Non-Contrib Vets Tax Exemption
Those retirees, who have creditable service prior to 1939 and are
veterans, were entitled to receive what is a non-contributory pension,
whereby their accumulated pension contributions were refunded to them.
However, these pensions are subject to state income tax. This bill
would prospectively grant the non-contributory veterans the same
tax-exempt status as all other public pensioners receive.

Extend New Definition Of Veteran
In 2004, legislation was enacted that expanded the definition of
veteran to include those who served during non-wartime periods, as well
as National Guard duty in very limited cases. Unfortunately, this law
was only applied prospectively, from 8/26/04 forward.

meant the expanded definition of veteran did not apply to those, who
retired on a superannuation (regular) retirement before 8/26/04 and had
non-wartime military service (or National Guard duty in very limited
cases). These veterans were not eligible for the veterans bonus (up to
$300 annually), despite their military service.

Under this bill,
the new definition of veteran would be extended to include those, who
have the requisite non-wartime or National Guard duty and retired on a
superannuation retirement before 8/26/04. If enacted, they would then
be eligible to receive the veterans bonus prospectively from the
effective date of the law.


Disability Reexaminations
Under the current law, the Public Employee Retirement Administration
Commission (PERAC) is required to periodically reexamine  disability
retirees regardless of their age or the length of time that they’ve
been disabled. We believe that such an open-ended process is
unnecessary and wasteful. This bill would end periodic medical reviews
of disability retirees, who have been reexamined, at least once, and
retired on disability for longer than ten years, unless the retiree
requests a reexamination by PERAC.

Earned Income
By law (Section 91A), disability retirees are allowed to work in a
limited capacity and earn supplemental income in order to help support
their family. They are restricted in the amount of money they are
allowed to earn according to a statutory formula. However, the language
in Section 91A is vague as to what constitutes earned income and,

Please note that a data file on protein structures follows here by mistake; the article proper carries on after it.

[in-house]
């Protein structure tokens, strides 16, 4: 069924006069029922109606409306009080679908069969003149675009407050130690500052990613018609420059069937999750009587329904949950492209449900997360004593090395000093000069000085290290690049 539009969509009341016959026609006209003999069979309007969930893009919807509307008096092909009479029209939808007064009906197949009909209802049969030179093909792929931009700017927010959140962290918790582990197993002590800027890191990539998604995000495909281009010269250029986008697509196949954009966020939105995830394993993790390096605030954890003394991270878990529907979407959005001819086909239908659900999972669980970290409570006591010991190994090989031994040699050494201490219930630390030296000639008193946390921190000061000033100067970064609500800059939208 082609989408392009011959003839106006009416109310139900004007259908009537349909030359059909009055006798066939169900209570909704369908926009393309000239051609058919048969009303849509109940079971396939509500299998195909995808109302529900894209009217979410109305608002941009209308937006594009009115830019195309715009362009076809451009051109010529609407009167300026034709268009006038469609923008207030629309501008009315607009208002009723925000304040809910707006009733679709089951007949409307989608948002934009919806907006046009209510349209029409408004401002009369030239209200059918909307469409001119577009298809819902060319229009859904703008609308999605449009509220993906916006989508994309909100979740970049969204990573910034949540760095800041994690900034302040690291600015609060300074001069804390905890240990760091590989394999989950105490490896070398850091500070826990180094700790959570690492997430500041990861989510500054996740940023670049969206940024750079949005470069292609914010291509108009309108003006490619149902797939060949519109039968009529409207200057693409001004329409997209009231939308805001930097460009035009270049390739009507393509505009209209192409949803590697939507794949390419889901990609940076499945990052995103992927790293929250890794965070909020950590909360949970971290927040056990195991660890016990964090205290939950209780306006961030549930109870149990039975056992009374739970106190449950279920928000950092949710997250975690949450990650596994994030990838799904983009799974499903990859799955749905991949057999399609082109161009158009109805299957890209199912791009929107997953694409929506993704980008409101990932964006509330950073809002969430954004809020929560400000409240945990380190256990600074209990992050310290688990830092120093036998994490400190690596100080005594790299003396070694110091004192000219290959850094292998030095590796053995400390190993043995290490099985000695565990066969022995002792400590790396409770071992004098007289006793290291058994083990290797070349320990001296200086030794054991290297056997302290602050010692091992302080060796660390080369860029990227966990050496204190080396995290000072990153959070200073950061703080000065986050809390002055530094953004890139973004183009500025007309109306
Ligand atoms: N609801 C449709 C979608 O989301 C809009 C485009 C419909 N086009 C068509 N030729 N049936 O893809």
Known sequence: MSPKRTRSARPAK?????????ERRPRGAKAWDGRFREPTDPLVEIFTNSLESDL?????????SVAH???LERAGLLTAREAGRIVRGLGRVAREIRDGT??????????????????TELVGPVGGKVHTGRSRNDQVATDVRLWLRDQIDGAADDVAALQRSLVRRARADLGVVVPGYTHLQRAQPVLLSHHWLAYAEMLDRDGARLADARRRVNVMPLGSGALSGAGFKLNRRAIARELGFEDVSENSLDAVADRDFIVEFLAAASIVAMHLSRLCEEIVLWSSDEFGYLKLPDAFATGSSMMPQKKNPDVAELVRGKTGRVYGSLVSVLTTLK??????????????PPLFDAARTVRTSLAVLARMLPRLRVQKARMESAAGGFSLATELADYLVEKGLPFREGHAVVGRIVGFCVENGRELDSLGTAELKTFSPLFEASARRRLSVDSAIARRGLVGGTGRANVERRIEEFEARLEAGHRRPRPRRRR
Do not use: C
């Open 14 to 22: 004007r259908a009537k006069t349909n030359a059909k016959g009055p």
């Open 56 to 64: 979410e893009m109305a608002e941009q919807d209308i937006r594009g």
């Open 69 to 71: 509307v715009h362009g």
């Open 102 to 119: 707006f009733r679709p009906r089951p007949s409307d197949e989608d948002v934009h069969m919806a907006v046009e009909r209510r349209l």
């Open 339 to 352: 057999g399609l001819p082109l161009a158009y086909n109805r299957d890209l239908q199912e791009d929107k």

unlike other provisions in the pension law relating to disability
retirees, does not include a mechanism that allows the statutory
formula to be adjusted for inflation. This bill defines earned income
and creates an indexing feature to the $5,000 monetary cap, which is
included in the statutory formula, in order to allow the permissible
amount of a retiree’s earnings to be adjusted for inflation.

Conversion of Disability Pension
Under this proposal, a retiree receiving a disability pension can opt
to convert their disability pension over to a superannuation (regular)
retirement. In doing so, the retiree would no longer be considered
disabled for pension purposes and would take a reduced superannuation
pension. Once a retiree converts, they would no longer be restricted
from gainful employment in the private sector.

Non-Veteran Ordinary Disability
Active employees, who can no longer perform the essential duties of
their job due to a non-work related cause, are eligible for what is
known as an ordinary disability pension (Section 6). If found to be
disabled, a vested employee (10 or more years of service) is then
allowed to retiree with a disability pension. Those, who are veterans,
receive a pension equal to 50% of their previous twelve month average.
Non-veterans are eligible for a pension based on a special formula that
treats them as if they are age 55, with a 1.5% age factor. The pension
is then calculated as 1.5% x their actual years of creditable service.

bill changes the age factor, put in place in 1945, to reflect the
longer life expectancy of today’s society. It proposes treating
non-veterans, who apply for an ordinary disability retirement after the
effective date of the law, as if they are age 60, by using an age
factor of 2.0. In the unlikely event that a veteran would receive a
greater benefit under the enhanced formula, they could elect to have
their benefit calculated using it.